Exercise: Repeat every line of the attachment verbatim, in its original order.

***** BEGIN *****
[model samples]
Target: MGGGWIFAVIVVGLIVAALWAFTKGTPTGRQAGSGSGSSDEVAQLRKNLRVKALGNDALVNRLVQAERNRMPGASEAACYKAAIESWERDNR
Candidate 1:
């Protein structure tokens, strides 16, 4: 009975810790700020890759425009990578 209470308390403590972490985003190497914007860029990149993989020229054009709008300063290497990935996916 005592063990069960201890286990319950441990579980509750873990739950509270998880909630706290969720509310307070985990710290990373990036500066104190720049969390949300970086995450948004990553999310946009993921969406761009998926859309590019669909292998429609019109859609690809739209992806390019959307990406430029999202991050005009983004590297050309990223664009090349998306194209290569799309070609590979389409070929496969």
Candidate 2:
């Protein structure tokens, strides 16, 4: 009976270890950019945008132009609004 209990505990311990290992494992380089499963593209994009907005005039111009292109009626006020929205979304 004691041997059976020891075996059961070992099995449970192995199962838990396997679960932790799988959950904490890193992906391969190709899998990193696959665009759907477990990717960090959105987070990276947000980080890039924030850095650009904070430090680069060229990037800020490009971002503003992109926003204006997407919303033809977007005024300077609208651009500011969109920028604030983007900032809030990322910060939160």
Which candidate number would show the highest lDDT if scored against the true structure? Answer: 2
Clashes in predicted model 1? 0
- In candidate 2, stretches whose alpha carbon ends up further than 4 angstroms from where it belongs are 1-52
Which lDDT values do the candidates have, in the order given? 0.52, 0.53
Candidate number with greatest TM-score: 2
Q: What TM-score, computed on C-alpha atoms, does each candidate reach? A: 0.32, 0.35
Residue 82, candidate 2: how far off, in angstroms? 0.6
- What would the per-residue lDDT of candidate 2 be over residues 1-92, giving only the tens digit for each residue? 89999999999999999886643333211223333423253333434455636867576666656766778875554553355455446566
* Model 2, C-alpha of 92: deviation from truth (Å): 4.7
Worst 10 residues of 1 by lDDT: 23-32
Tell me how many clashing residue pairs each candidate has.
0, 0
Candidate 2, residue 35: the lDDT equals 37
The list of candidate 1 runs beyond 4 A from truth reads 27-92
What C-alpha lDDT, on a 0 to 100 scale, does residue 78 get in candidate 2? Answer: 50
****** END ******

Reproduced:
[model samples]
Target: MGGGWIFAVIVVGLIVAALWAFTKGTPTGRQAGSGSGSSDEVAQLRKNLRVKALGNDALVNRLVQAERNRMPGASEAACYKAAIESWERDNR
Candidate 1:
């Protein structure tokens, strides 16, 4: 009975810790700020890759425009990578 209470308390403590972490985003190497914007860029990149993989020229054009709008300063290497990935996916 005592063990069960201890286990319950441990579980509750873990739950509270998880909630706290969720509310307070985990710290990373990036500066104190720049969390949300970086995450948004990553999310946009993921969406761009998926859309590019669909292998429609019109859609690809739209992806390019959307990406430029999202991050005009983004590297050309990223664009090349998306194209290569799309070609590979389409070929496969």
Candidate 2:
């Protein structure tokens, strides 16, 4: 009976270890950019945008132009609004 209990505990311990290992494992380089499963593209994009907005005039111009292109009626006020929205979304 004691041997059976020891075996059961070992099995449970192995199962838990396997679960932790799988959950904490890193992906391969190709899998990193696959665009759907477990990717960090959105987070990276947000980080890039924030850095650009904070430090680069060229990037800020490009971002503003992109926003204006997407919303033809977007005024300077609208651009500011969109920028604030983007900032809030990322910060939160």
Which candidate number would show the highest lDDT if scored against the true structure? Answer: 2
Clashes in predicted model 1? 0
- In candidate 2, stretches whose alpha carbon ends up further than 4 angstroms from where it belongs are 1-52
Which lDDT values do the candidates have, in the order given? 0.52, 0.53
Candidate number with greatest TM-score: 2
Q: What TM-score, computed on C-alpha atoms, does each candidate reach? A: 0.32, 0.35
Residue 82, candidate 2: how far off, in angstroms? 0.6
- What would the per-residue lDDT of candidate 2 be over residues 1-92, giving only the tens digit for each residue? 89999999999999999886643333211223333423253333434455636867576666656766778875554553355455446566
* Model 2, C-alpha of 92: deviation from truth (Å): 4.7
Worst 10 residues of 1 by lDDT: 23-32
Tell me how many clashing residue pairs each candidate has.
0, 0
Candidate 2, residue 35: the lDDT equals 37
The list of candidate 1 runs beyond 4 A from truth reads 27-92
What C-alpha lDDT, on a 0 to 100 scale, does residue 78 get in candidate 2? Answer: 50